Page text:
For people wanting to go overseas, right now could not be a better time in terms of the New Zealand currency. Continuing its unprecedented form of the last couple of years, it has never cost so little to convert New Zealand dollars into American dollars. And the New Zealand Government seems very reluctant to intervene, despite the damage being done to the export sector which has to cope with a high dollar on top of increasing operating costs; despite promising the export sector that it would help exporting businesses. Lowering the dollar won’t help the Kiwi tourist going overseas, but the artificial high that it has achieved cannot be sustained forever, and lowering it will go some distance towards assisting those struggling export businesses.
It must be tough at the moment working in sectors that require a weaker New Zealand currency than the one that currently exists. With the dollar at on average between U.S.$0.82 and U.S.$0.85 for the last year and some people expecting to break U.S.$0.90 in the not too distant future, there really is a good incentive to lower the New Zealand dollar through Government intervention. So, why is the New Zealand dollar trading at such a high value?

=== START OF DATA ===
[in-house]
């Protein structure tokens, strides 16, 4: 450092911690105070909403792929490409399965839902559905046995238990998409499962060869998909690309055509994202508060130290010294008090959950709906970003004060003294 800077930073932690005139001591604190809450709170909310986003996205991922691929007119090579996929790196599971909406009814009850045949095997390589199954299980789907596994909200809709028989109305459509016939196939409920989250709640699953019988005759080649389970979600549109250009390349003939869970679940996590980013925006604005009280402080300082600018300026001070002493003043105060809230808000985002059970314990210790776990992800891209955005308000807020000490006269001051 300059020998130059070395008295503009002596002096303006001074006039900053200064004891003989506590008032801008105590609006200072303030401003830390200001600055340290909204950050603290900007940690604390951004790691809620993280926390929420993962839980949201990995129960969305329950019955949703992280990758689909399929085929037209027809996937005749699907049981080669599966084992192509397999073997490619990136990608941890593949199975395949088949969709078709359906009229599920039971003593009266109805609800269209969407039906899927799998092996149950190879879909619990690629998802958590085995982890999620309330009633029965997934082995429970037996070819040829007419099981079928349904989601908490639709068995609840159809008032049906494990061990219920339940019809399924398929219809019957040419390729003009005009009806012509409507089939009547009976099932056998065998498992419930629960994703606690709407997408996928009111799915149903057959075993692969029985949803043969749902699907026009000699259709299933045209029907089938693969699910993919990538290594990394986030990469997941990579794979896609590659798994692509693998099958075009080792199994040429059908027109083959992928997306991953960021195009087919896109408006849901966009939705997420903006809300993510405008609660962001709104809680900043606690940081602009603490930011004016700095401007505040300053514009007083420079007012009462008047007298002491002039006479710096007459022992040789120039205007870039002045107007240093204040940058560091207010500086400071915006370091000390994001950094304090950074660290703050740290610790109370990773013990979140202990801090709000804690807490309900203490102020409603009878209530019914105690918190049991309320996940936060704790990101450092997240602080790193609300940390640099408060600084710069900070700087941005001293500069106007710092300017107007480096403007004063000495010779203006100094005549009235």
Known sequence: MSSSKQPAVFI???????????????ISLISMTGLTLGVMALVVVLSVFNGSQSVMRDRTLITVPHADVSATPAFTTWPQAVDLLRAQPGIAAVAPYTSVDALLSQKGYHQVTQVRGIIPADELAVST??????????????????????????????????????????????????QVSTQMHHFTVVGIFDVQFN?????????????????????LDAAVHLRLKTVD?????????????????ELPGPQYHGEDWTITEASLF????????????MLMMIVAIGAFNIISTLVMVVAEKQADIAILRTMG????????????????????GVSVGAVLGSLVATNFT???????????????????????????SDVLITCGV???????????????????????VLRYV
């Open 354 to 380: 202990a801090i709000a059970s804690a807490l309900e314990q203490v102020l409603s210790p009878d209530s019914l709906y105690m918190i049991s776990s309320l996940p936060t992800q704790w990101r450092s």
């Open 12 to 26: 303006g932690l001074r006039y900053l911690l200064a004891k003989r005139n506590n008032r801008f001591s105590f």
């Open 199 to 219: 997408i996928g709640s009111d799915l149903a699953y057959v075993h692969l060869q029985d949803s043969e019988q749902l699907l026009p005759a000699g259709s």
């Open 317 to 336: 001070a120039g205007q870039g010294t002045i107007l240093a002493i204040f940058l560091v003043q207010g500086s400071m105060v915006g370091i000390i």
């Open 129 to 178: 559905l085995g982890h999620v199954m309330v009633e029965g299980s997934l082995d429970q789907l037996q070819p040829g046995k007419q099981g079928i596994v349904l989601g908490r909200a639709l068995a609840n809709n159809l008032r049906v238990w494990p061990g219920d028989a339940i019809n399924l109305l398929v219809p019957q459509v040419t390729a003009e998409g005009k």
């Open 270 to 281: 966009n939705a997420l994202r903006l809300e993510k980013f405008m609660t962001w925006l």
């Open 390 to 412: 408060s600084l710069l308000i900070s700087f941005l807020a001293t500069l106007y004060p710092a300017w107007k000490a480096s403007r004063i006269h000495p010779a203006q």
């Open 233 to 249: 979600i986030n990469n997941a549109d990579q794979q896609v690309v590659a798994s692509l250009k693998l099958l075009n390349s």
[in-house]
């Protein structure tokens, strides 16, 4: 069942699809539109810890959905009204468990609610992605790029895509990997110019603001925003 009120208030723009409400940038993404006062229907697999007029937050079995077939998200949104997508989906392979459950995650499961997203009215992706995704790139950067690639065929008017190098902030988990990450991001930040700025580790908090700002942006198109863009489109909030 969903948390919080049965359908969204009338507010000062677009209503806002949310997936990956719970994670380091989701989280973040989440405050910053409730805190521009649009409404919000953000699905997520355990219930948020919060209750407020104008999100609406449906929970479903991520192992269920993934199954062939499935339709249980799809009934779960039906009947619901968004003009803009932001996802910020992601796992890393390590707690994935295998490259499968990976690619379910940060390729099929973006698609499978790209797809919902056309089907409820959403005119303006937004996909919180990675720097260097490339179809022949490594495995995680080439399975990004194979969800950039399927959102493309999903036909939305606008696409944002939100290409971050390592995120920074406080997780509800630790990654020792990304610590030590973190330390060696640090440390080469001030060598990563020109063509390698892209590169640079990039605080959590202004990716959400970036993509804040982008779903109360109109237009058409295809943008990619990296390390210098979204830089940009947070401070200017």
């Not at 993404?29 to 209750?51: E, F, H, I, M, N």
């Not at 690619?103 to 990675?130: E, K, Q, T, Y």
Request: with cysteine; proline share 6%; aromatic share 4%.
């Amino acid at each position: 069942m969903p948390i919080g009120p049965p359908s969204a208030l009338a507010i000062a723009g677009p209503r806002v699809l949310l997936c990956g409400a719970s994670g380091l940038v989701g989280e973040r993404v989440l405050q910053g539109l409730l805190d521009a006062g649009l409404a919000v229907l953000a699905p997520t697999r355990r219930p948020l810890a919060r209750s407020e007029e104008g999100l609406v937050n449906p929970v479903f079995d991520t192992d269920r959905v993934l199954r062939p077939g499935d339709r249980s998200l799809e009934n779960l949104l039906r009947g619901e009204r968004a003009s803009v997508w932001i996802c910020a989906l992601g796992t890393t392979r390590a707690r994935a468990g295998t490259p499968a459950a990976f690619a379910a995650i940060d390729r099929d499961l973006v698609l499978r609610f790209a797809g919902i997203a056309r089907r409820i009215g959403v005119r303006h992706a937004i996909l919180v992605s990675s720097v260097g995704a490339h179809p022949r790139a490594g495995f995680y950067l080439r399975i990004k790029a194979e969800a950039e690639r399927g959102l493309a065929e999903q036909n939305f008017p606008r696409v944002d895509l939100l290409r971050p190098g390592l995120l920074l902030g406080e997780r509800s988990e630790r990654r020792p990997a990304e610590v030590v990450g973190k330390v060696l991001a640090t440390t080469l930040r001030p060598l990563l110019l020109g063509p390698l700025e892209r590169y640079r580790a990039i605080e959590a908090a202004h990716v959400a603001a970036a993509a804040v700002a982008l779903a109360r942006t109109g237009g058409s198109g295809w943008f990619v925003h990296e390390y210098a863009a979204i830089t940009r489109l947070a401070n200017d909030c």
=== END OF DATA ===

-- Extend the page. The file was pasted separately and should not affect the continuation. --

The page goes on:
The New Zealand Dollar is one of the top ten most valuable currencies in the world at this time by the volume that gets traded. However, there are other factors responsible as well for the Dollar being at an all time high such as the Americans and European nations printing currency in an attempt to kick start their economies, which have been beset by high unemployment, debt issues and collapsing banks.
So, who would be best placed to carry out the intervention and how might they do it? The Reserve Bank of New Zealand is the logical organisation to take responsibility for an intervention. It is responsible primarily for maintaining a stable pricing regime through independent management of monetary policy. On 11 June 2007, in a bid to drive down the New Zealand dollar an unknown sum of money was sold by the Reserve Bank, which provided a few weeks of relief. In 2012, New Zealand First introduced a Members Bill to Parliament that sought to decrease the value of the dollar by introducing new tools for the Reserve Bank to use. The Bill was defeated.
New Zealand is still a primarily agricultural country, despite efforts to diversify our exports. Expanding the different types of exports and the markets that they are sent to, helps to take the pressure of the one or two sectors that make up most of our current exports, but do not address the operating costs businesses must account for in their budgeting. That brings one back to the idea of the Government intervening or giving the Reserve Bank more effective tools to intervene with when it deems necessary is a more effective way.
Even if one of those two options do not happen – and appear unlikely under this Government – the Reserve Bank could adjust its Trade Weighted Index, which has not been updated since 1999, and does not include the Chinese Renminbi, even though that is the currency of one of our biggest trading partners.